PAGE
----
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This modern term usefully differentiates the reanimated corpse emerging physically from its tomb from the ghost (a spiritual entity). The former is mentioned by several medieval writers (Simpson, 2003); William of Malmesbury says that the Devil causes bodies of the evil dead to walk (Gesta Regum, ii, chapter 4). William of Newburgh tells of three cases, at Alnwick and Berwick-on-Tweed and in Buckinghamshire (see vampires). Walter Map describes one in Hereford which called people by night, so that they sickened and died; it was laid by decapitation (De Nugis Curialium, ii, chapter 27).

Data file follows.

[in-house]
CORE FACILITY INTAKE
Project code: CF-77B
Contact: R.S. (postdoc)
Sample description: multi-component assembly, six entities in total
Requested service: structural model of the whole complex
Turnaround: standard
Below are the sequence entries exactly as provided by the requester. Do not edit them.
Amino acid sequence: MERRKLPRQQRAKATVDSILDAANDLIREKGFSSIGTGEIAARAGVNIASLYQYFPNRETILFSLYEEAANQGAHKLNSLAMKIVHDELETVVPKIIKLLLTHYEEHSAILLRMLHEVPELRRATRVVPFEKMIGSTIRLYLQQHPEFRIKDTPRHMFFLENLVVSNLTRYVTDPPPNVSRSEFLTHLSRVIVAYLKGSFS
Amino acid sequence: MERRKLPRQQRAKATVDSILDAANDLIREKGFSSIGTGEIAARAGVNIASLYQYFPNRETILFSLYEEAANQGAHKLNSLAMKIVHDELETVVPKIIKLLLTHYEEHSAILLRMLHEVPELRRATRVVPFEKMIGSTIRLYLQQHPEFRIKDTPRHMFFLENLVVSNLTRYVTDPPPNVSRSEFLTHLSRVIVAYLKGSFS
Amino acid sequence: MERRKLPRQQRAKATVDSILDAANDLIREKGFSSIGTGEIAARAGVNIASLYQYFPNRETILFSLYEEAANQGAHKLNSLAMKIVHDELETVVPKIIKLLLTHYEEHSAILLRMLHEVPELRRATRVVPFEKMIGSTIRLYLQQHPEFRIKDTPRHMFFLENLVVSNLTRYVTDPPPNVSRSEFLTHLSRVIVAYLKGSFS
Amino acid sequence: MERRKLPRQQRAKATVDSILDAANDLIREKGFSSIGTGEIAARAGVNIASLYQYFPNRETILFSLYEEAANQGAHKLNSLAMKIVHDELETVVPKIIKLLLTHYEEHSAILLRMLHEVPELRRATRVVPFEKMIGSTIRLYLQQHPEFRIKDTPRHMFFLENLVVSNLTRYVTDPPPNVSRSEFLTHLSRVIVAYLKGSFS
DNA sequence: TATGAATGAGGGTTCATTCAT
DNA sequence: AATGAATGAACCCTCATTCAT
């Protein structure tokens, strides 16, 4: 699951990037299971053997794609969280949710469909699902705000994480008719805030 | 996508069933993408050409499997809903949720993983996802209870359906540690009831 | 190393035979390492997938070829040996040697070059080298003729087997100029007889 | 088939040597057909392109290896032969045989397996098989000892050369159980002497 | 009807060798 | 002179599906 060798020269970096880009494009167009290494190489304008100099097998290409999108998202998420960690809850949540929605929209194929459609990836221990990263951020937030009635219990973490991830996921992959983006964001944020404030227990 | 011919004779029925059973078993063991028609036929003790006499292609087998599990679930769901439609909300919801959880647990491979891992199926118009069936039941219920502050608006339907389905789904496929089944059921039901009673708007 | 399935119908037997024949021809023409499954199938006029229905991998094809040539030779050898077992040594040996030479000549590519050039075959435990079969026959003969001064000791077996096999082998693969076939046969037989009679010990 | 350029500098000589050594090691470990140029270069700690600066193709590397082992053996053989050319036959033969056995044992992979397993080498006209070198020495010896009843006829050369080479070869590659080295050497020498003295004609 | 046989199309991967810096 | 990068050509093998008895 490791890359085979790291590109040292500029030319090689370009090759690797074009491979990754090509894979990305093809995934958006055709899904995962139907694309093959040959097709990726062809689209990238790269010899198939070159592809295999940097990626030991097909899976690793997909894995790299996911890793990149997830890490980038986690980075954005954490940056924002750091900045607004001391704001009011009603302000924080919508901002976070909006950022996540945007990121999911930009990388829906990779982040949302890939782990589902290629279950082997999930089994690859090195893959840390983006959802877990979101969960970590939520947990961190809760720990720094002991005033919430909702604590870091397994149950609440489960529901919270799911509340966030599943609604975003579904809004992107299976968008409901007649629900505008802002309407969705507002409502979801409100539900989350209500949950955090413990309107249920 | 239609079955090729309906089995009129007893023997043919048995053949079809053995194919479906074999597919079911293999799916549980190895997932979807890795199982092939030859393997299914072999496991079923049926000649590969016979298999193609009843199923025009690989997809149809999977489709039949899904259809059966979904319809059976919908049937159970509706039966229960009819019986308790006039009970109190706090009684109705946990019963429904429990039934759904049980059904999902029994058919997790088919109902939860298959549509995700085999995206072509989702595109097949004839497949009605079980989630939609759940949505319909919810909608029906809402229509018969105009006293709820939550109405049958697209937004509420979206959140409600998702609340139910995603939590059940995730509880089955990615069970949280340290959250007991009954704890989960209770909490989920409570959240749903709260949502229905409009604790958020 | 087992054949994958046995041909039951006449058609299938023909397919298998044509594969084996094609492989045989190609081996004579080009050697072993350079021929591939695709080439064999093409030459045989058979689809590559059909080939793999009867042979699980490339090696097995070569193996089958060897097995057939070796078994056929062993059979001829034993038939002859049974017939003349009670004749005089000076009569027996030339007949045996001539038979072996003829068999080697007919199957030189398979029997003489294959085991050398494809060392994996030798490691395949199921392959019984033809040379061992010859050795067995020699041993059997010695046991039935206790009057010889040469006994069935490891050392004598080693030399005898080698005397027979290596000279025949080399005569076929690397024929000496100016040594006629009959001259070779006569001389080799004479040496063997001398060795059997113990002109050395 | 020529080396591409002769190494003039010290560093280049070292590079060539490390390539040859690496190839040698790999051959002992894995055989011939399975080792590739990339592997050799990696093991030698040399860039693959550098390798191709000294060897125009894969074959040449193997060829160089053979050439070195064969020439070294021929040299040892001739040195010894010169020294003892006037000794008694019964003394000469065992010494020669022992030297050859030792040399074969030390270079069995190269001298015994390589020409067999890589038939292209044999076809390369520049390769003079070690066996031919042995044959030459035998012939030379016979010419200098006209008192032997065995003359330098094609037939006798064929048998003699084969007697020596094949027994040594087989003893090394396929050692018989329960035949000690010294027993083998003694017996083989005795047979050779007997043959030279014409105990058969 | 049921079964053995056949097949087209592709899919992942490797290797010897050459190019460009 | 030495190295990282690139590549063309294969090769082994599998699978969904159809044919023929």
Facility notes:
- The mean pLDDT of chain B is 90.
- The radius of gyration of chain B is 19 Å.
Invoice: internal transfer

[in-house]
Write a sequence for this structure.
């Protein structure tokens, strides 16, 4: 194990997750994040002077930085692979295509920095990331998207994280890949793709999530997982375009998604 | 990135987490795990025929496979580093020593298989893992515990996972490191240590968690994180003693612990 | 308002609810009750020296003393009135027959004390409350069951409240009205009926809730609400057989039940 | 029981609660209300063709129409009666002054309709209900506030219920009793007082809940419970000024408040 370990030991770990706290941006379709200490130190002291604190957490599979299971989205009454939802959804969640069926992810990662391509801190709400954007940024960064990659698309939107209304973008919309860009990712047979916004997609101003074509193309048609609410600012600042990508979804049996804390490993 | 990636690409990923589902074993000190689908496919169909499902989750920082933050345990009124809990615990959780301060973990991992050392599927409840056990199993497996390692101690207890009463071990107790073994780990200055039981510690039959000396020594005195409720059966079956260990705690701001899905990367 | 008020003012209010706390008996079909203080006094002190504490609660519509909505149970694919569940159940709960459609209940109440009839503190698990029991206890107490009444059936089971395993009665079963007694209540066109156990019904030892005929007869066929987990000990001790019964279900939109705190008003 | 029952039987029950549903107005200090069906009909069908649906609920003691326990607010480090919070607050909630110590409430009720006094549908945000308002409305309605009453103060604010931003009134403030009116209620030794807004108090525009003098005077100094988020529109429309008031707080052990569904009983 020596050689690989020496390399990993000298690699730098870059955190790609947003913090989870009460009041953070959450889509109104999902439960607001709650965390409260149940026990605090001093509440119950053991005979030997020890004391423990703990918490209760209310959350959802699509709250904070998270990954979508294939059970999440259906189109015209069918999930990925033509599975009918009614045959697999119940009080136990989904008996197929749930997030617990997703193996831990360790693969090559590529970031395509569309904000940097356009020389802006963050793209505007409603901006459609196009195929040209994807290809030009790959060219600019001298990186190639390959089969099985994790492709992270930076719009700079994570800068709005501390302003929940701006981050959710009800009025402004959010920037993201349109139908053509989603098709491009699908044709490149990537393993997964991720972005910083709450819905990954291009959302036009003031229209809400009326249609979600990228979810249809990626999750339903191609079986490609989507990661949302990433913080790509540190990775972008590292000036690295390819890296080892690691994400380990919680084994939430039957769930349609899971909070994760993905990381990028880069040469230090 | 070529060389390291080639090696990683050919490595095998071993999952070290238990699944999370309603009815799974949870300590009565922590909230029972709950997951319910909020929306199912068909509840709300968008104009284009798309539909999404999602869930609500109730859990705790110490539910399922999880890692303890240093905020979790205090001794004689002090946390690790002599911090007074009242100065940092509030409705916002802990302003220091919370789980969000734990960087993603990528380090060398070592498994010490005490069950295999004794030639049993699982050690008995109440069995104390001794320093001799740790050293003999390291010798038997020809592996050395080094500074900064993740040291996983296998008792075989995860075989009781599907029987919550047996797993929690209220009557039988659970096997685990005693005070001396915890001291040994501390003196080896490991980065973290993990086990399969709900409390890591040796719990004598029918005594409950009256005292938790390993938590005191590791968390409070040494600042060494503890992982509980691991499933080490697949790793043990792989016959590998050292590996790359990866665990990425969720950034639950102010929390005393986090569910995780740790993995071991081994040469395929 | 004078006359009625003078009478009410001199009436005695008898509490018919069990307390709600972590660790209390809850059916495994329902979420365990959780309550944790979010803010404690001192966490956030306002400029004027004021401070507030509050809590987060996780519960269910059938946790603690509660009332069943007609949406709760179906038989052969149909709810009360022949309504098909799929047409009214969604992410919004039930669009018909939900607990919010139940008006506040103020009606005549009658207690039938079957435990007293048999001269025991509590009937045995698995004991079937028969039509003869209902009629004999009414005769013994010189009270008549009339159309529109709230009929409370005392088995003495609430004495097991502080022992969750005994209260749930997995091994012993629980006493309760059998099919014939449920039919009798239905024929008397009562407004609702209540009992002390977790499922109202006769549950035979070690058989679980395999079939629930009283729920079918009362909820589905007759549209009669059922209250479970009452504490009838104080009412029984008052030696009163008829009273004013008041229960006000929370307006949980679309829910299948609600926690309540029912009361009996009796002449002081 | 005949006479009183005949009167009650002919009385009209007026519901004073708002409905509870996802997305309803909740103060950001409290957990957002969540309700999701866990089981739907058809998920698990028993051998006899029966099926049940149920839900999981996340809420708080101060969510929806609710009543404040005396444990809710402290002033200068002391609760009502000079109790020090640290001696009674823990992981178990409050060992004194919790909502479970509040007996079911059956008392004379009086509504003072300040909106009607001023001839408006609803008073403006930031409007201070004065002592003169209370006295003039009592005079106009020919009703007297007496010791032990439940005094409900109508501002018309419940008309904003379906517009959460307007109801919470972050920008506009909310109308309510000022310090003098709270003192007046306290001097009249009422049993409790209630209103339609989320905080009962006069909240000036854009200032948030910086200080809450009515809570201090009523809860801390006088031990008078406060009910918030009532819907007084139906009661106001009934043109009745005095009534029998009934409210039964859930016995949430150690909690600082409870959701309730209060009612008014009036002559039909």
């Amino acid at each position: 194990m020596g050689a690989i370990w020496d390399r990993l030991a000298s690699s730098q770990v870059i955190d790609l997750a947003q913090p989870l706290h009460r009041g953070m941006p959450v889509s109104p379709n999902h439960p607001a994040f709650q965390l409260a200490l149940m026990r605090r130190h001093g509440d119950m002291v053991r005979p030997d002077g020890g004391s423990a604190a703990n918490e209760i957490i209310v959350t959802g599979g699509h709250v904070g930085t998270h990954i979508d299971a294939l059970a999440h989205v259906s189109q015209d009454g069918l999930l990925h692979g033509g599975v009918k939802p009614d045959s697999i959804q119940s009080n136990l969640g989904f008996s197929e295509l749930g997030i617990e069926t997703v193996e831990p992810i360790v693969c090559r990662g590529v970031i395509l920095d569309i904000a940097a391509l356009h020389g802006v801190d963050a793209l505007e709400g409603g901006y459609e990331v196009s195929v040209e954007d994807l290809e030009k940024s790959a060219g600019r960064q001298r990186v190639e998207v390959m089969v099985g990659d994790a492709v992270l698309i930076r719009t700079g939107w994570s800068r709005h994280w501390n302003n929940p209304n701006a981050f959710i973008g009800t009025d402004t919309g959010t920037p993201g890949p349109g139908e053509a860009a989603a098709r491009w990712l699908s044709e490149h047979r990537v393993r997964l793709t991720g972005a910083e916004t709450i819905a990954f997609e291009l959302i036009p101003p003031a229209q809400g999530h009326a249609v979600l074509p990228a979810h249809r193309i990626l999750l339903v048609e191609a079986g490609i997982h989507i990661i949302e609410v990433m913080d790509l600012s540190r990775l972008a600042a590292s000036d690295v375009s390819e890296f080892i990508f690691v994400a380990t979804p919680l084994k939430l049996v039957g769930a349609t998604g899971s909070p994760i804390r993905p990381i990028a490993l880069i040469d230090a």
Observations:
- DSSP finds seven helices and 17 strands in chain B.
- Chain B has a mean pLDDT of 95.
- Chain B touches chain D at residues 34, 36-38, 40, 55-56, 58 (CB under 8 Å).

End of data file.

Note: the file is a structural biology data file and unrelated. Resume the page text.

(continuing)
Some intriguing local stories about revenants were jotted down in Latin by a monk of Byland Abbey (Yorkshire) around 1400, as undoubted facts (James, 1922); one concerns a certain Robert of Killiburne, who used to come out of his grave at night and roam about, terrifying the townsfolk and their dogs, until some youths caught him in the churchyard and held him there till the priest arrived to hear his confession and absolve him.

Post-medieval English folklore prefers ghosts to wandering corpses, but the older belief is implied when the bodies of suicides, criminals, and witches are said to be staked or buried face down, to prevent them ‘walking’ in the case of suicides, staked burial in the roadway was required by law until 1823. In County Durham, it was thought that unless this was done, the Devil would enter the corpse and reanimate it (Brockie, 1886: 151–2).


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